Jimmy Howie

Eight years apart two brothers were born, who would both go on to play professional football. For the younger one, Davie, an inside-left it would mean five years and a century and half at Kilmarnock from 1906 followed by over three hundred games for Bradford Park Avenue. For the older Jimmy, at inside-right, there would be a senior start at Killy also, then Kettering Town, Bristol Rovers, the Newcastle of the 1900s and Huddersfield over fifteen season from 1898, over three hundred and fifty appearances at senior level in all. And it would also lead to three Scottish caps between 1905 and 1908 and then a decade of management, in London at Queens Park Rangers and then at Middlesbrough. The two laddies were the Howie, sons of a Galston coal-miner father and a Darvel-born mother.

James "Jimmy" Howie was born in 1880, not 1878 as often reported. Therefore at eighteen and not twenty he stepped up the road from the local, junior club, Galston Athletic. With him in the team Kilmarnock as it moved to Rugby Park was promoted to the First Division. Jimmy was staying with his married sister, recorded as an apprentice bricklayer. At twenty-one he moved down south but only to the Midland League and then the Southern League. But with ten goals in twenty-six appearances he must have attracted the attention the then largely Scots Newcastle and there for seven seasons he would average thirty games a campaign. At St. James's Park he was known as "Gentleman James", noted for a peculiar running action, which nevertheless got him to where he needed to be to score at the top of the top-flight at the rate of a goal every three games. And it was with The Toon, living in Gosforth, now openly as a professional footballer, with wife, Jeanie, and their two children, he picked up his three caps, scoring twice. Jeanie, Jeanie Williams, too was Galston-born. They had been married in the town in 1903, he still describing himself as a bricklayer, and, whilst their elder child, David, named for his father, had been born on Tyneside, the birth in 1910 of their daughter, Lillias, after his mother, was back home in Ayrshire.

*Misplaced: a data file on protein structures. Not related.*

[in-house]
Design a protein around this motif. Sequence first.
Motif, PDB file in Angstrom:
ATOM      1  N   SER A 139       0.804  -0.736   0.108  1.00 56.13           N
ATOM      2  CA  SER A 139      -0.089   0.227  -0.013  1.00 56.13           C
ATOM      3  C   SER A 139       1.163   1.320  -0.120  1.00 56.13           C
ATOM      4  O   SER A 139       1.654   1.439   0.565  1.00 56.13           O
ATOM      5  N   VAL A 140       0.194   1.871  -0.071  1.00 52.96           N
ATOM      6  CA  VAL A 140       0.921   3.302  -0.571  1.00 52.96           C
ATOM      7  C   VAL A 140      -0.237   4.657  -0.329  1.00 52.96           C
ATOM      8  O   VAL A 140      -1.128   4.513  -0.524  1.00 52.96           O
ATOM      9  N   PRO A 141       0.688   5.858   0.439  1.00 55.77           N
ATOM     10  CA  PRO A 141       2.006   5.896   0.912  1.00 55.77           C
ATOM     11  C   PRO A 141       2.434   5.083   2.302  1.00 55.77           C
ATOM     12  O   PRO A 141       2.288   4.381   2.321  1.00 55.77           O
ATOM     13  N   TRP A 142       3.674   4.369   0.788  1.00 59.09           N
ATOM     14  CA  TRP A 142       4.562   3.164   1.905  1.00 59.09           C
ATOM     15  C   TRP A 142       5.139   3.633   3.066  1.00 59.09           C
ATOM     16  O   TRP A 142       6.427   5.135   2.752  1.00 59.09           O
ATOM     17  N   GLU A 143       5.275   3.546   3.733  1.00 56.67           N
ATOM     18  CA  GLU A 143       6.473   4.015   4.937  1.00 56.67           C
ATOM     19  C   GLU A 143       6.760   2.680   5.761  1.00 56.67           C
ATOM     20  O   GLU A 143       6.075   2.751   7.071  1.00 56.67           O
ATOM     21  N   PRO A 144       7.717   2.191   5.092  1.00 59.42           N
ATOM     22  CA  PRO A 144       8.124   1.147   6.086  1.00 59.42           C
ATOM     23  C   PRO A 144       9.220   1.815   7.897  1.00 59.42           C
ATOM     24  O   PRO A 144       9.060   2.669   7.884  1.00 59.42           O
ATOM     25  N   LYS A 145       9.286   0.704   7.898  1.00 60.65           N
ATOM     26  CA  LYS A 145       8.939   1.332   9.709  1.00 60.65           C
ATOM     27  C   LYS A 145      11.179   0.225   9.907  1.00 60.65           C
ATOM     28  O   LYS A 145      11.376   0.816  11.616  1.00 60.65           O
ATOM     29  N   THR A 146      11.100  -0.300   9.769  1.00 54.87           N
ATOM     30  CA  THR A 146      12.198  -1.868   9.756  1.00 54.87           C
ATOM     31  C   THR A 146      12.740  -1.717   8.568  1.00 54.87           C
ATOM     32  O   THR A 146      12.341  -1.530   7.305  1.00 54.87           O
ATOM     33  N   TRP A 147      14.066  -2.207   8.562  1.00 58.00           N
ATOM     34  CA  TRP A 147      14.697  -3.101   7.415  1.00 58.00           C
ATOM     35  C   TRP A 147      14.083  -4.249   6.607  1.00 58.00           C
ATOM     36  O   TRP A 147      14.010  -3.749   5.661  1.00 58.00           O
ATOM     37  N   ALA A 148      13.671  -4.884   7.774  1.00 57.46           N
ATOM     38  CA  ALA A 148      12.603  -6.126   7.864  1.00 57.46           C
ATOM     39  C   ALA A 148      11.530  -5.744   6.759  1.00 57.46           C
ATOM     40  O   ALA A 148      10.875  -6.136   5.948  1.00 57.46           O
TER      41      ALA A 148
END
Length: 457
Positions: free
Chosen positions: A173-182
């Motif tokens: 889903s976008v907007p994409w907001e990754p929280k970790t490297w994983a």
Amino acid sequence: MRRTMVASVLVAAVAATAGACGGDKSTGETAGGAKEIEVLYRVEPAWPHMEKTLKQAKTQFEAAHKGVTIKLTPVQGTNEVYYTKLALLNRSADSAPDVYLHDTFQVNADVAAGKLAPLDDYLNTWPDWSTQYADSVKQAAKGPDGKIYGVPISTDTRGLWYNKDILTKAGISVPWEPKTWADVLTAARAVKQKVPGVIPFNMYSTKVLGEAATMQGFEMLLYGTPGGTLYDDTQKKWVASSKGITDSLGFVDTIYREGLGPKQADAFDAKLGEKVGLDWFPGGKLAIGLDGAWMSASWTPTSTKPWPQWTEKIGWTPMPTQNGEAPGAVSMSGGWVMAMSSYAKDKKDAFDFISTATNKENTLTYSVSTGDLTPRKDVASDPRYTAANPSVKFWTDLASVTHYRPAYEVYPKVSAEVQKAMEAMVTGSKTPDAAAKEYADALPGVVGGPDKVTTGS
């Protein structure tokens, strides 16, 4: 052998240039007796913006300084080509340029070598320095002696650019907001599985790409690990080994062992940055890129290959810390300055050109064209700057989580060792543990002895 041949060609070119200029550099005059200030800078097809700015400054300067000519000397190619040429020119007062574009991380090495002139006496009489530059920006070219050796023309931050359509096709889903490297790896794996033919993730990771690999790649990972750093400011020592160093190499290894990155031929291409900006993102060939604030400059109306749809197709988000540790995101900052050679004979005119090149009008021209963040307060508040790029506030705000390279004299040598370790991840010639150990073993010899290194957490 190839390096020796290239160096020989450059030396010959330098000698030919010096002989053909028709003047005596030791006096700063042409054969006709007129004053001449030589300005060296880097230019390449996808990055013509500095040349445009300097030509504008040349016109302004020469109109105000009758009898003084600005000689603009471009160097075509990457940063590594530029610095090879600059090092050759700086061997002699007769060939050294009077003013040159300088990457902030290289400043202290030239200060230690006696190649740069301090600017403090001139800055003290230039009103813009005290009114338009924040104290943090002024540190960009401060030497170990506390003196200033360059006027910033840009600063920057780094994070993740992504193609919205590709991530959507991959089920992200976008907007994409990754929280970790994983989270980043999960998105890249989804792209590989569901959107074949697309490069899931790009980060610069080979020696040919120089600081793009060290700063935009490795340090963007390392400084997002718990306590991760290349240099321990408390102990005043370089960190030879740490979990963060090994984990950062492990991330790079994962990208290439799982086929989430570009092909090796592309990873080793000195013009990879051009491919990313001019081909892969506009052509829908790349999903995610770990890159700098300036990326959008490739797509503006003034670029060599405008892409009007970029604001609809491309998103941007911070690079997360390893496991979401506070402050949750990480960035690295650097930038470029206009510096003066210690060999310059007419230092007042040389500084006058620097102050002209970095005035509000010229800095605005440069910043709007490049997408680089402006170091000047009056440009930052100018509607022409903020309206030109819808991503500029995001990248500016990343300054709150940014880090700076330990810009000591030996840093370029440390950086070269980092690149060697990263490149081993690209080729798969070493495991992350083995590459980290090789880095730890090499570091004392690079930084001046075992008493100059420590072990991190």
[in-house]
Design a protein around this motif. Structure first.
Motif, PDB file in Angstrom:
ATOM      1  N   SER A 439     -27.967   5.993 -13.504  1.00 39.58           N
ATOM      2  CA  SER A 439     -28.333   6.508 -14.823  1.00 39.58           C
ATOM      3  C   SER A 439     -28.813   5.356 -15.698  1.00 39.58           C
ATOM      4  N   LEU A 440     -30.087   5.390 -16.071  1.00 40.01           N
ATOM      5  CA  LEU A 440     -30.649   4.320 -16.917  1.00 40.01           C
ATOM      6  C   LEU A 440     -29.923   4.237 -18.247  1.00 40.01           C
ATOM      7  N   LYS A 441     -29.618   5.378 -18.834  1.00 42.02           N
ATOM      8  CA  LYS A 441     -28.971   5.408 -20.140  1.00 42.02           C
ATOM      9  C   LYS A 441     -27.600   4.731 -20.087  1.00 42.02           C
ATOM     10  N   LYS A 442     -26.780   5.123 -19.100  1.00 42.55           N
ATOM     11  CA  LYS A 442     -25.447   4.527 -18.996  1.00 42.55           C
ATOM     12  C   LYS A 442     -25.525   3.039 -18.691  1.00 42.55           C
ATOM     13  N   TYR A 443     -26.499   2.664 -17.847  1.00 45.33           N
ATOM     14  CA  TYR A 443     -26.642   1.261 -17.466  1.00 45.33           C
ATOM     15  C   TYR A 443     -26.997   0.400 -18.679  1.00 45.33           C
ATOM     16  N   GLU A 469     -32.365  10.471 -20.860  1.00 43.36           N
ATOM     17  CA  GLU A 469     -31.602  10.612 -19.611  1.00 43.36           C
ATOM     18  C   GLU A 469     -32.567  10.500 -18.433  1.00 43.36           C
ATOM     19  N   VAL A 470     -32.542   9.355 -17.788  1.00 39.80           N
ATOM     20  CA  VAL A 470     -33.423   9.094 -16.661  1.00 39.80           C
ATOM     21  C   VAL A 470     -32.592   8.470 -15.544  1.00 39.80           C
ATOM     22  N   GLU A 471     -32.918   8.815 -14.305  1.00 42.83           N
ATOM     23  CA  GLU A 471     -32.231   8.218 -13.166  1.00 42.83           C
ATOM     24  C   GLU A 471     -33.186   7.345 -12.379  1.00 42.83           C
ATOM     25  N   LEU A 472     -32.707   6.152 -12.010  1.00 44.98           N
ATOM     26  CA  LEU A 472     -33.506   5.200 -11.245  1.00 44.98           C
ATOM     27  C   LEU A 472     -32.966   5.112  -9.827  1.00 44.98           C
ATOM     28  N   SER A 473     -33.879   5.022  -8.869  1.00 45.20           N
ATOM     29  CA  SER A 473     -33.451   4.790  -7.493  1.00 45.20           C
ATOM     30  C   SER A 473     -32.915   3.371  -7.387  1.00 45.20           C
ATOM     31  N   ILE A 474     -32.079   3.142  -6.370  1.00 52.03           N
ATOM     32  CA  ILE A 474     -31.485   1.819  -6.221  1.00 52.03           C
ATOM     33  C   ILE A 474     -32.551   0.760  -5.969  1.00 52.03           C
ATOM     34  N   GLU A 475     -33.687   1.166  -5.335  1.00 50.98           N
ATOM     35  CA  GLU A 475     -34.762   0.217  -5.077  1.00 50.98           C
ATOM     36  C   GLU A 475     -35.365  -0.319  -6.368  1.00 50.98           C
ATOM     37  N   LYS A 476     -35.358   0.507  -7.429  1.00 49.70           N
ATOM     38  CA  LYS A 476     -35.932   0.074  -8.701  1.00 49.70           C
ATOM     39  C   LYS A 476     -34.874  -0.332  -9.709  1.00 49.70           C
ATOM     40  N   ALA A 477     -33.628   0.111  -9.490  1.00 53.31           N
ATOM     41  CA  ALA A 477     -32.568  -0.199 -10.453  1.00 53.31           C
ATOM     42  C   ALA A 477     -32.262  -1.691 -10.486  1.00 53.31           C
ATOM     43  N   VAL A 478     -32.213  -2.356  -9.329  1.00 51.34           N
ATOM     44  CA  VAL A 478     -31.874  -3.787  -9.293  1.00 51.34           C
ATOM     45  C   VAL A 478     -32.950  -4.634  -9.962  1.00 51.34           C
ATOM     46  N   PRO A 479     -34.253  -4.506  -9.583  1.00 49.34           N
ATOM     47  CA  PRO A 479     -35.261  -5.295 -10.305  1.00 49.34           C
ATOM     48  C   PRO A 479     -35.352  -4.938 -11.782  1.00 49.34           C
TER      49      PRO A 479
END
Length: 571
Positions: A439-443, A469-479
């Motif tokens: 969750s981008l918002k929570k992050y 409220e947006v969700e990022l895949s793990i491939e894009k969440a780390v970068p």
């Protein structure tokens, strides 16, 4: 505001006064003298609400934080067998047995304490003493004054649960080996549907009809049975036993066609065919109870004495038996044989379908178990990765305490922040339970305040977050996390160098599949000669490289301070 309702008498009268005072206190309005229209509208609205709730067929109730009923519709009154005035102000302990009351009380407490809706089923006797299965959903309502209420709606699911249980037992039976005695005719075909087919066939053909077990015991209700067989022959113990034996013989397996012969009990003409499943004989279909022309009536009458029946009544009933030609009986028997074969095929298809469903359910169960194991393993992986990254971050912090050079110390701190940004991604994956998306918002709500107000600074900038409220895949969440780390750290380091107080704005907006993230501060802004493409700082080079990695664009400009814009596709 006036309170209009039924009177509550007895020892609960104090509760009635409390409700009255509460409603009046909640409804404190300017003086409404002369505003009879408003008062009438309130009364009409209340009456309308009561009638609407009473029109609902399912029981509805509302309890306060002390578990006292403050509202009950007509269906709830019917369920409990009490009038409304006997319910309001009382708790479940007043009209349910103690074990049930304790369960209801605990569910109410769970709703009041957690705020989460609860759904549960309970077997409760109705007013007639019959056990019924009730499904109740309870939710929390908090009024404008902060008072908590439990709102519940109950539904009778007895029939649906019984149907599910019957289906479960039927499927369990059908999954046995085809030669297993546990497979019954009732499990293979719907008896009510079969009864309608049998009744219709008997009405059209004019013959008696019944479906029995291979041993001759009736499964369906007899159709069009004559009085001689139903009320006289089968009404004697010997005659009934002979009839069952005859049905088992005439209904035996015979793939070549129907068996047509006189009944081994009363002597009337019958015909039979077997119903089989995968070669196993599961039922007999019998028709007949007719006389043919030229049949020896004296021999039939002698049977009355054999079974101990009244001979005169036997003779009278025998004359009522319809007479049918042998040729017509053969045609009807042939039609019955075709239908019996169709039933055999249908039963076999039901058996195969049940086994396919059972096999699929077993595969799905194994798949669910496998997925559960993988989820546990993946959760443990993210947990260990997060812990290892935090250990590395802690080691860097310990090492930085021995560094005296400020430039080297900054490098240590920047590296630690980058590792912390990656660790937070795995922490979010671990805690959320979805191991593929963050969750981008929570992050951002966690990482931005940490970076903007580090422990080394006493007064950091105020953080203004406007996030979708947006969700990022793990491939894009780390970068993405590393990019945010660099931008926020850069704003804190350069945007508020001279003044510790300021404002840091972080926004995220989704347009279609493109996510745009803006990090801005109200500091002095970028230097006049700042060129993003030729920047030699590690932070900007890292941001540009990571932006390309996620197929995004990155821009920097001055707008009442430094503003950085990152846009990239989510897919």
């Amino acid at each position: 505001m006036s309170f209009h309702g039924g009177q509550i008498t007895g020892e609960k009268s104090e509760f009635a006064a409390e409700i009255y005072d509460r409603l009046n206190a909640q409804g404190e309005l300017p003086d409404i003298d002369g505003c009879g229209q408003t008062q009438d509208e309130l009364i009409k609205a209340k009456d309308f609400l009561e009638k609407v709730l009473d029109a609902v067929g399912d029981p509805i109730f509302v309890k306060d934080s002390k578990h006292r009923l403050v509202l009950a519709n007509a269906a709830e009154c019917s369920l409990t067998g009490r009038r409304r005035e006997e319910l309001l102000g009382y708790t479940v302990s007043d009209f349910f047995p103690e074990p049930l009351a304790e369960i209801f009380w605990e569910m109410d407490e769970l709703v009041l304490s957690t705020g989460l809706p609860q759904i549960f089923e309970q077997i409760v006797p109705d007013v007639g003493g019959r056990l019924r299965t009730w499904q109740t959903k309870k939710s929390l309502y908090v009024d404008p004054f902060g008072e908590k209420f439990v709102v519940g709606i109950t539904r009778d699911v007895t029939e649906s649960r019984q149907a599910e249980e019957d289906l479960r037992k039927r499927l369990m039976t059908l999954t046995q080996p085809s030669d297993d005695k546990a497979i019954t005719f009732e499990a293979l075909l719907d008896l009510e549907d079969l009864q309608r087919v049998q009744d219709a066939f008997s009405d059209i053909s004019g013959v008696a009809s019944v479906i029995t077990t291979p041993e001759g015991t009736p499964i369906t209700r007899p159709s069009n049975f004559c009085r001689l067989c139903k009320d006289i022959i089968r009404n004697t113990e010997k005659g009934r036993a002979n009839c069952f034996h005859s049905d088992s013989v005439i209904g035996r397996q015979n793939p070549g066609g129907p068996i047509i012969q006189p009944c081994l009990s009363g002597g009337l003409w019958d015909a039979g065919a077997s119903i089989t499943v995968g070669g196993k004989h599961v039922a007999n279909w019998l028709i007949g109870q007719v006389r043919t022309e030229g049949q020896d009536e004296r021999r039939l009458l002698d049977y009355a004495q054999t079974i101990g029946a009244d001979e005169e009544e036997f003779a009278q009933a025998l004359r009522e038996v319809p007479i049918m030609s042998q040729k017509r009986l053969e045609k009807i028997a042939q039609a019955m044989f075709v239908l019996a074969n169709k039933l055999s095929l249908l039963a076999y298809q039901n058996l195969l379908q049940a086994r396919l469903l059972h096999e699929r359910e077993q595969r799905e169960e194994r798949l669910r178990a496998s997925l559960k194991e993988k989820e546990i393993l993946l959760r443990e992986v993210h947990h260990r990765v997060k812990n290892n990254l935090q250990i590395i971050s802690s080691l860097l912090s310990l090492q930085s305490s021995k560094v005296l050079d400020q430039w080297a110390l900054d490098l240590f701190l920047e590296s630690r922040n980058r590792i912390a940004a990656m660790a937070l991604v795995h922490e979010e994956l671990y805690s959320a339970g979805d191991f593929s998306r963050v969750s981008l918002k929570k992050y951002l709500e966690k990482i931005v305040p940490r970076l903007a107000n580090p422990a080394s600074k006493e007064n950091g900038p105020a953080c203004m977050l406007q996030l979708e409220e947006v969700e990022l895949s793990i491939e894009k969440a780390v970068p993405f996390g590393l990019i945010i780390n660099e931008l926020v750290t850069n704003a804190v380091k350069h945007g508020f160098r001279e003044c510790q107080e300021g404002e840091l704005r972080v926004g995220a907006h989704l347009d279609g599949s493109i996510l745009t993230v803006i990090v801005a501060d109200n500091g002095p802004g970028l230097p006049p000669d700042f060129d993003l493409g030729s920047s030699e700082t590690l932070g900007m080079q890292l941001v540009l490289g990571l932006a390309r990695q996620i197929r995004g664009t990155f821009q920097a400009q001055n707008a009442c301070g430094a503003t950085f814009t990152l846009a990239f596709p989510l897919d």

Jimmy Howie would retire on-field in 1913, aged thirty-three not thirty-five and interestingly stepped immediately and comparatively young into management, not in the North. but initially in London and with some success. In his first season at QPR his team reached the FA Cup Quarter-Finals. And despite then three years from 1920-23 at Middlesbrough it was to London that he returned for the rest of his life. He is said to have run a tobacconist in the City, living, certainly in last years, on the border of Kensal Green and Harlesden and dying aged eighty-two in 1962 in the nearby Central Middlesex Hospital. And, whilst parents and siblings of his are buried in Galston cemetery, where he, and indeed Jean, are buried remains as yet unknown.

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